If money did not evolve from barter, how did it evolve? Well, barter entails a simultaneous exchange between two parties. I have eggs but I want ham; you have ham but want eggs. If our paths happen to cross we can both give up what we have in exchange for what we prefer.
But, suppose I have eggs and I pass a fellow tribesperson who has nothing I want to barter with. Nevertheless, I may still hand over some of my eggs. Why would I do that? Because I have some vague sense that in being generous like this I am building up credit. If ever I am on hard times, those tribal members I lent a hand to will reciprocate the favour. In other words, I am operating in a gift economy, one in which people freely give away what they have and undertake services for others, with the caveat that person on the receiving end will later return the favour.
FROM OBLIGATIONS TO DEBT
What if they don't? And when and how is a favour fully reciprocated? As to the first problem, there doubtlessly would be free-riders who would accept gifts and favours but never reciprocate. But such people would build up a bad credit history and anyone operating under a strategy game theorists call 'tit for tat' would punish continual non-reciprocation. In fact, it is not just people who punish free-riders. Vampire bats are known to share blood if another bat has had an unsuccessful hunt, but if that bat continually fails to reciprocate, the colony punishes it by no longer being charitable. This suggests that money's origins in vague systems of credit go back beyond the dawn of the human species.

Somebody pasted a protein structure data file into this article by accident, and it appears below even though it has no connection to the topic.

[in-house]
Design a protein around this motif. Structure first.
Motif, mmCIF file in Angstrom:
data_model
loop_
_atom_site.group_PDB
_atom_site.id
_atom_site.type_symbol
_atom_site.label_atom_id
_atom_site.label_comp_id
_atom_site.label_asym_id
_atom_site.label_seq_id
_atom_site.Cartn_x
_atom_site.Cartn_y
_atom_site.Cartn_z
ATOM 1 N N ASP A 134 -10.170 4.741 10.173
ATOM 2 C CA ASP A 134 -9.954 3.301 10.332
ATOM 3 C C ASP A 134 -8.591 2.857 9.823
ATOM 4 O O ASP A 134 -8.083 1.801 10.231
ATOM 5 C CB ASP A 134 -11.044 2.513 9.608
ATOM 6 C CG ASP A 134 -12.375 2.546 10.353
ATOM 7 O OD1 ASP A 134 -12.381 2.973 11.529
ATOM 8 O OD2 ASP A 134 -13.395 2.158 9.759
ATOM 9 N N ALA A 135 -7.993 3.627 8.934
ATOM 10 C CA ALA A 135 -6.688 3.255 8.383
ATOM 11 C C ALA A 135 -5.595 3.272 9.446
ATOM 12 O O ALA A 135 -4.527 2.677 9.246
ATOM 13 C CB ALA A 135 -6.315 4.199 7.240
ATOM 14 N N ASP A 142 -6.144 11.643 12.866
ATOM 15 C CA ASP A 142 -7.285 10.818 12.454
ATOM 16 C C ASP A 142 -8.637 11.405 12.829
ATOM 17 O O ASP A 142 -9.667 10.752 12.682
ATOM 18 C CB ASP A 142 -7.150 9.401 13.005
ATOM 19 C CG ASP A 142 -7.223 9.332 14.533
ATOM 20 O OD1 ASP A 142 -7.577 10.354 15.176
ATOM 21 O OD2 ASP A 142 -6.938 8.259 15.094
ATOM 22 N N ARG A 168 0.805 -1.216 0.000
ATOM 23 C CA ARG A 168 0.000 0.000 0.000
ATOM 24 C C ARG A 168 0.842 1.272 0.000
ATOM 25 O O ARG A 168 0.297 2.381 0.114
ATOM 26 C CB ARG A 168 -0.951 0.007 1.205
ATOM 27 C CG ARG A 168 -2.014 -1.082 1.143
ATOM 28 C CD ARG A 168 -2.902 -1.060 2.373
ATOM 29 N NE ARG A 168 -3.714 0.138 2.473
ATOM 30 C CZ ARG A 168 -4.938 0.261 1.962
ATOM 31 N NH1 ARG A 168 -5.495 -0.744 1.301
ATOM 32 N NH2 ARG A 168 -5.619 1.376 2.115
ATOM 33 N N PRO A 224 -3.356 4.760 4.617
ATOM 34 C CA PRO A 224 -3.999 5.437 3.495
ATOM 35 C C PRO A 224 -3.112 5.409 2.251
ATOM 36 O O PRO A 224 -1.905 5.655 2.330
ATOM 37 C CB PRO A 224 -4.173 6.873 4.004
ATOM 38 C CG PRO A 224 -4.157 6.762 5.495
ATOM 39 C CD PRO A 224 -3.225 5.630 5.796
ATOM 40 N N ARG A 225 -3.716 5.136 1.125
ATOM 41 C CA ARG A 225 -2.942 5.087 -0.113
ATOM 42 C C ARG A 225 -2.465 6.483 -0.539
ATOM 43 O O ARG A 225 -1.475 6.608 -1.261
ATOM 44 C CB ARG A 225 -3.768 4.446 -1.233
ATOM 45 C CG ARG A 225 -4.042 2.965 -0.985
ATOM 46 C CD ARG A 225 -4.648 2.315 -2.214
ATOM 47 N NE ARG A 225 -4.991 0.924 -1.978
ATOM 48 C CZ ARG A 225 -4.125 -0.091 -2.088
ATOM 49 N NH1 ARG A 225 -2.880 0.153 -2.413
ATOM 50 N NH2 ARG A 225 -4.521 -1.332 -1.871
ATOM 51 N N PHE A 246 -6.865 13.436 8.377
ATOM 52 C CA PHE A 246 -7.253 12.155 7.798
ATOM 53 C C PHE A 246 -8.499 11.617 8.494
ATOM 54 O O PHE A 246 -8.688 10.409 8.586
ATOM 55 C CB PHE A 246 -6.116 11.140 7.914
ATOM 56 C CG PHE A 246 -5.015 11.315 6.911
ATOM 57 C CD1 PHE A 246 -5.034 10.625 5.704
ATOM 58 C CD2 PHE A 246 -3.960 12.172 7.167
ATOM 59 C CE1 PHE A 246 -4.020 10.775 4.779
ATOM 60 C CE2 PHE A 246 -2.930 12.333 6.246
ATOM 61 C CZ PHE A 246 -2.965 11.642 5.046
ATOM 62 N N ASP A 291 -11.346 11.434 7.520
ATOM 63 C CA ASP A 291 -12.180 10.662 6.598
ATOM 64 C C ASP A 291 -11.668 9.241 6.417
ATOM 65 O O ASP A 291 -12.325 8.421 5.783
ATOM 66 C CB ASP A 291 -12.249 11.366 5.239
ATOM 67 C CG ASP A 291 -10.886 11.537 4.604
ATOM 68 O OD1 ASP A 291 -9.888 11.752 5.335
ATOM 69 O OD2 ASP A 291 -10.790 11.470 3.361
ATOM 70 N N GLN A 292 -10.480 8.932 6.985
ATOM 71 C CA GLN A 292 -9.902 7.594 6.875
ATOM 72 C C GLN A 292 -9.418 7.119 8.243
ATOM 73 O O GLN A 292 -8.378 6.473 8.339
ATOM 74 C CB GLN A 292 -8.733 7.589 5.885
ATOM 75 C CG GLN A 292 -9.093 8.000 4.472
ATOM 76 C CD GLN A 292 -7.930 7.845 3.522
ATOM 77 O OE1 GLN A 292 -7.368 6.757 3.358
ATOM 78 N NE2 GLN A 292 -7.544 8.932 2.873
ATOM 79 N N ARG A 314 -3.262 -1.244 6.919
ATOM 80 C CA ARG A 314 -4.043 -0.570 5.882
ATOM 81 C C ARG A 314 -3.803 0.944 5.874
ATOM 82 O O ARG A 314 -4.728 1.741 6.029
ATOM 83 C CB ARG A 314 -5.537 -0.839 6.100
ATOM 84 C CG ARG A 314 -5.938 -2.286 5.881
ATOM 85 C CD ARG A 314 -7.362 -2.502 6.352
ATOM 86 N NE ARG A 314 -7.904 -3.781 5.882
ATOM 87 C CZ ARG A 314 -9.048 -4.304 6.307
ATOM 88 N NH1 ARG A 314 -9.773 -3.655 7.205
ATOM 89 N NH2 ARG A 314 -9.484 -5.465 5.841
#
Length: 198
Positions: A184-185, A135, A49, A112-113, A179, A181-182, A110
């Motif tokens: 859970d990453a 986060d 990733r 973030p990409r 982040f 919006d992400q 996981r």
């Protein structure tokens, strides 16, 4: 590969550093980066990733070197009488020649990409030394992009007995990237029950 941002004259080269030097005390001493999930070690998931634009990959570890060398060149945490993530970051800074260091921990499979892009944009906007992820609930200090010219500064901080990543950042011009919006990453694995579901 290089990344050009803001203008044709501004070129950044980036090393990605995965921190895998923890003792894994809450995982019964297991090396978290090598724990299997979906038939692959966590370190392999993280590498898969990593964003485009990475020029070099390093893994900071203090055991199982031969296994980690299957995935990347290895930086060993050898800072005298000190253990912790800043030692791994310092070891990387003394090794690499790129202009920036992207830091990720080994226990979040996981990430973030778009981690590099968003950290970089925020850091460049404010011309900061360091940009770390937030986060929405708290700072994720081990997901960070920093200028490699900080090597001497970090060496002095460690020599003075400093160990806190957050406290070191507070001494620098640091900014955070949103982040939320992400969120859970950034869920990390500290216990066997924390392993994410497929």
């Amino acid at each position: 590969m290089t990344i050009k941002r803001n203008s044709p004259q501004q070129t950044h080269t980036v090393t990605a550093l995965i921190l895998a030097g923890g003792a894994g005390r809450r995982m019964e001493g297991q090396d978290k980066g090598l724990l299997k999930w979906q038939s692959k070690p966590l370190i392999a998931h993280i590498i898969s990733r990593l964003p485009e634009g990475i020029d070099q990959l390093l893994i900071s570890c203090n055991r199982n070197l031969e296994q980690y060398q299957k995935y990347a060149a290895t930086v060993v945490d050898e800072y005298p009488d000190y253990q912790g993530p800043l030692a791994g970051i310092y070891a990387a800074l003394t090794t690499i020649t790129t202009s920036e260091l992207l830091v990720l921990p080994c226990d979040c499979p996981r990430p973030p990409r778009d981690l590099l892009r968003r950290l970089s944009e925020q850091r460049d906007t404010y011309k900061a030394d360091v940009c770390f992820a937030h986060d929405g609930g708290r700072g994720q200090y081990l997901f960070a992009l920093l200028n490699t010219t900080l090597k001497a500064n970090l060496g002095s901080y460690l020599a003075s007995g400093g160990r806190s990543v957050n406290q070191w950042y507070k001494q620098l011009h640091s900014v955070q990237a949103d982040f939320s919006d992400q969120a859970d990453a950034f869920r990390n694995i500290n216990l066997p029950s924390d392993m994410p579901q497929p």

As for the problem of determining when and how a favour is returned, this probably developed along with resolving the problem of determining when a person who has done wrong has absolved themselves of guilt. How interesting it is to note that many of the words we use in association with guilt come from money. We send people to prison where they 'pay' their 'debt' to society. If we feel guilt we hope to 'redeem' ourselves. We wish to pacify and appease those who were done wrong by us- and the word 'pay' is derived from words like 'appease' and 'pacify'.
The problem of determining when one has redeemed themselves and properly appeased an injured party led to our ancestors establishing more specific systems of fines, fees and penalties. Over time this lead to quantified obligations i.e debt. At the same time, such quantifications lead to ratios between various commodities becoming established in order to measure whether both a grievance and a gift had been adequately compensated. You can see how we go from here to the Mesopotamian temple administrators.
The anthropologist David Graeber summarised this version of events in the following way:
"Our standard account of monetary history is precisely backwards. We did not begin with barter, discover money, and then eventually develop credit systems. It happened precisely the other way around. What we now call virtual money came first. Coins came much later, and their use spread only unevenly, never completely replacing credit systems. Barter, in turn, appears to be largely a kind of accidental by-product of the use of coinage or paper money: historically, it has mainly been what people who are used to cash transactions do when for one reason or another they have no access to currency".